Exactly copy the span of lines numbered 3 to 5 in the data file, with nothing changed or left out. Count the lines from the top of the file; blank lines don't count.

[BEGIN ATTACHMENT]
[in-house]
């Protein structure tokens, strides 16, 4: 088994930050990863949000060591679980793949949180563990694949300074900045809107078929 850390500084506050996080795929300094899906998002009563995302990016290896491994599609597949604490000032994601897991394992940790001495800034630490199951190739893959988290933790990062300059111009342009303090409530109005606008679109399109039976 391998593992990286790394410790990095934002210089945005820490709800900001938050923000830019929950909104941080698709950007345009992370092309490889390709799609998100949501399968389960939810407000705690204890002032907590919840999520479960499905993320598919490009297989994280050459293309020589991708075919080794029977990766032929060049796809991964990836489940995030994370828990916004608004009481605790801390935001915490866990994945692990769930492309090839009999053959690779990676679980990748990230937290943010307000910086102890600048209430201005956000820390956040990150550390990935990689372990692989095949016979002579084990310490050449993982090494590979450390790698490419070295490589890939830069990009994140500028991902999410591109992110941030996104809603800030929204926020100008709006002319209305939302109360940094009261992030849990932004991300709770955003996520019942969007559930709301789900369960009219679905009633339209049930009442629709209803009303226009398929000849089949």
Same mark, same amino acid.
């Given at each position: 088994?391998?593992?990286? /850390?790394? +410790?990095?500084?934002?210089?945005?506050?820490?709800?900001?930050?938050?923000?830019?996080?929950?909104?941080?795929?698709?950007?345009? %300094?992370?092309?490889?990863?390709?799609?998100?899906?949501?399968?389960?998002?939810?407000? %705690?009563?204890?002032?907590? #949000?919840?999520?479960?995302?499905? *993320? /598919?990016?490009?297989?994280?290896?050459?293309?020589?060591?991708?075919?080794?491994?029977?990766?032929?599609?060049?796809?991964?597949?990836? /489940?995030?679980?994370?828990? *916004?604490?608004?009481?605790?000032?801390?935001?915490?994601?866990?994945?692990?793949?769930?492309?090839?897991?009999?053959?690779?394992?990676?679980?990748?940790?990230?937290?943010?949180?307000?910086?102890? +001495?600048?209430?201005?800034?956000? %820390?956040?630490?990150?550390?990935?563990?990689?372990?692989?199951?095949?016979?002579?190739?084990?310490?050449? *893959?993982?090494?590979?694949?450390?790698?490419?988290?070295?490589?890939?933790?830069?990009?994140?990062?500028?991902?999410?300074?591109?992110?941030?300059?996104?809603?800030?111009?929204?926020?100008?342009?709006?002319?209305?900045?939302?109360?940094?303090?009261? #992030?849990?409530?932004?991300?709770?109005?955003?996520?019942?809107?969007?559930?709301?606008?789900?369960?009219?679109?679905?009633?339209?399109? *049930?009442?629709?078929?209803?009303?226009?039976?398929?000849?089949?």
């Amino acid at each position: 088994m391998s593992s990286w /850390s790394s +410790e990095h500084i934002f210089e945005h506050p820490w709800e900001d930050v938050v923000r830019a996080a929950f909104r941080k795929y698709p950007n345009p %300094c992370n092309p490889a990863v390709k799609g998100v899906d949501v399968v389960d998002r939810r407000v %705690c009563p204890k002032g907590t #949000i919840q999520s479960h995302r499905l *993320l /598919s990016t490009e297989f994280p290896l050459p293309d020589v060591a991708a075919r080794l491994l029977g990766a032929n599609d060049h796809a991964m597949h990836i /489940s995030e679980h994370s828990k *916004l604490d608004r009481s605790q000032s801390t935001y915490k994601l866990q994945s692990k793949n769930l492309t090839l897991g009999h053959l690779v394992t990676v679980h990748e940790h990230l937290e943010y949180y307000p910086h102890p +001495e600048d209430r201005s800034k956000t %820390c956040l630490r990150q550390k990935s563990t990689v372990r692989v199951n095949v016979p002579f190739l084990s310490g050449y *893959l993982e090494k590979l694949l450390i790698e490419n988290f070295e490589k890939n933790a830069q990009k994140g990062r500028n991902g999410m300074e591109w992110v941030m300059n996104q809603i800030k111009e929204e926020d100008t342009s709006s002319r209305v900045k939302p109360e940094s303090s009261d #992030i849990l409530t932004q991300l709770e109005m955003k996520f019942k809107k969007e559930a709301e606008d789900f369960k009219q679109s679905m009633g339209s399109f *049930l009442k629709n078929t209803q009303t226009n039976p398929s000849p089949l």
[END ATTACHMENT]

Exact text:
Same mark, same amino acid.
């Given at each position: 088994?391998?593992?990286? /850390?790394? +410790?990095?500084?934002?210089?945005?506050?820490?709800?900001?930050?938050?923000?830019?996080?929950?909104?941080?795929?698709?950007?345009? %300094?992370?092309?490889?990863?390709?799609?998100?899906?949501?399968?389960?998002?939810?407000? %705690?009563?204890?002032?907590? #949000?919840?999520?479960?995302?499905? *993320? /598919?990016?490009?297989?994280?290896?050459?293309?020589?060591?991708?075919?080794?491994?029977?990766?032929?599609?060049?796809?991964?597949?990836? /489940?995030?679980?994370?828990? *916004?604490?608004?009481?605790?000032?801390?935001?915490?994601?866990?994945?692990?793949?769930?492309?090839?897991?009999?053959?690779?394992?990676?679980?990748?940790?990230?937290?943010?949180?307000?910086?102890? +001495?600048?209430?201005?800034?956000? %820390?956040?630490?990150?550390?990935?563990?990689?372990?692989?199951?095949?016979?002579?190739?084990?310490?050449? *893959?993982?090494?590979?694949?450390?790698?490419?988290?070295?490589?890939?933790?830069?990009?994140?990062?500028?991902?999410?300074?591109?992110?941030?300059?996104?809603?800030?111009?929204?926020?100008?342009?709006?002319?209305?900045?939302?109360?940094?303090?009261? #992030?849990?409530?932004?991300?709770?109005?955003?996520?019942?809107?969007?559930?709301?606008?789900?369960?009219?679109?679905?009633?339209?399109? *049930?009442?629709?078929?209803?009303?226009?039976?398929?000849?089949?």
């Amino acid at each position: 088994m391998s593992s990286w /850390s790394s +410790e990095h500084i934002f210089e945005h506050p820490w709800e900001d930050v938050v923000r830019a996080a929950f909104r941080k795929y698709p950007n345009p %300094c992370n092309p490889a990863v390709k799609g998100v899906d949501v399968v389960d998002r939810r407000v %705690c009563p204890k002032g907590t #949000i919840q999520s479960h995302r499905l *993320l /598919s990016t490009e297989f994280p290896l050459p293309d020589v060591a991708a075919r080794l491994l029977g990766a032929n599609d060049h796809a991964m597949h990836i /489940s995030e679980h994370s828990k *916004l604490d608004r009481s605790q000032s801390t935001y915490k994601l866990q994945s692990k793949n769930l492309t090839l897991g009999h053959l690779v394992t990676v679980h990748e940790h990230l937290e943010y949180y307000p910086h102890p +001495e600048d209430r201005s800034k956000t %820390c956040l630490r990150q550390k990935s563990t990689v372990r692989v199951n095949v016979p002579f190739l084990s310490g050449y *893959l993982e090494k590979l694949l450390i790698e490419n988290f070295e490589k890939n933790a830069q990009k994140g990062r500028n991902g999410m300074e591109w992110v941030m300059n996104q809603i800030k111009e929204e926020d100008t342009s709006s002319r209305v900045k939302p109360e940094s303090s009261d #992030i849990l409530t932004q991300l709770e109005m955003k996520f019942k809107k969007e559930a709301e606008d789900f369960k009219q679109s679905m009633g339209s399109f *049930l009442k629709n078929t209803q009303t226009n039976p398929s000849p089949l």